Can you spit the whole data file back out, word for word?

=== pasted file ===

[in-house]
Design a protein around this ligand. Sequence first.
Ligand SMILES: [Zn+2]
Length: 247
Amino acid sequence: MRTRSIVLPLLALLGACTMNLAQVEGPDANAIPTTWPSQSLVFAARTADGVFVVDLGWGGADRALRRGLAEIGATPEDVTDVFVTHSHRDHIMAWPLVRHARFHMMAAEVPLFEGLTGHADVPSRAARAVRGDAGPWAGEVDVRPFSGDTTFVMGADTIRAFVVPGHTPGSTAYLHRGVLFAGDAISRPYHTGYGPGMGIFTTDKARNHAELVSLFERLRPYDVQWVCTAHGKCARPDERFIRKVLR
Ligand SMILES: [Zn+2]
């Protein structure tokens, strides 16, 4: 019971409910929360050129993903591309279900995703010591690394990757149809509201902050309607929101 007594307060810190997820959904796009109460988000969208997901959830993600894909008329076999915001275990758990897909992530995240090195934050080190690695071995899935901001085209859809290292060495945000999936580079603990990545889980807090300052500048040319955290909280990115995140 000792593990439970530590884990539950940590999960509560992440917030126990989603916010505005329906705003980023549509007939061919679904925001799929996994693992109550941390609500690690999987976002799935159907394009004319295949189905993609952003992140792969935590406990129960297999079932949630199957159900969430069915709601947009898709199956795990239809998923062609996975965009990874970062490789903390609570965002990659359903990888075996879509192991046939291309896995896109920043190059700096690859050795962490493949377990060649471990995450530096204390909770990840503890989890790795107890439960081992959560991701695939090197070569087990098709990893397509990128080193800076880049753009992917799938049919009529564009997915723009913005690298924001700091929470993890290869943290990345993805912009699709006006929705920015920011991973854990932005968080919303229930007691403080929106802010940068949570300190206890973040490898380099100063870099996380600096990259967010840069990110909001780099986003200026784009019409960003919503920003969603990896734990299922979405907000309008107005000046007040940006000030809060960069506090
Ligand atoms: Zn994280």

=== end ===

[in-house]
Design a protein around this ligand. Sequence first.
Ligand SMILES: [Zn+2]
Length: 247
Amino acid sequence: MRTRSIVLPLLALLGACTMNLAQVEGPDANAIPTTWPSQSLVFAARTADGVFVVDLGWGGADRALRRGLAEIGATPEDVTDVFVTHSHRDHIMAWPLVRHARFHMMAAEVPLFEGLTGHADVPSRAARAVRGDAGPWAGEVDVRPFSGDTTFVMGADTIRAFVVPGHTPGSTAYLHRGVLFAGDAISRPYHTGYGPGMGIFTTDKARNHAELVSLFERLRPYDVQWVCTAHGKCARPDERFIRKVLR
Ligand SMILES: [Zn+2]
């Protein structure tokens, strides 16, 4: 019971409910929360050129993903591309279900995703010591690394990757149809509201902050309607929101 007594307060810190997820959904796009109460988000969208997901959830993600894909008329076999915001275990758990897909992530995240090195934050080190690695071995899935901001085209859809290292060495945000999936580079603990990545889980807090300052500048040319955290909280990115995140 000792593990439970530590884990539950940590999960509560992440917030126990989603916010505005329906705003980023549509007939061919679904925001799929996994693992109550941390609500690690999987976002799935159907394009004319295949189905993609952003992140792969935590406990129960297999079932949630199957159900969430069915709601947009898709199956795990239809998923062609996975965009990874970062490789903390609570965002990659359903990888075996879509192991046939291309896995896109920043190059700096690859050795962490493949377990060649471990995450530096204390909770990840503890989890790795107890439960081992959560991701695939090197070569087990098709990893397509990128080193800076880049753009992917799938049919009529564009997915723009913005690298924001700091929470993890290869943290990345993805912009699709006006929705920015920011991973854990932005968080919303229930007691403080929106802010940068949570300190206890973040490898380099100063870099996380600096990259967010840069990110909001780099986003200026784009019409960003919503920003969603990896734990299922979405907000309008107005000046007040940006000030809060960069506090
Ligand atoms: Zn994280």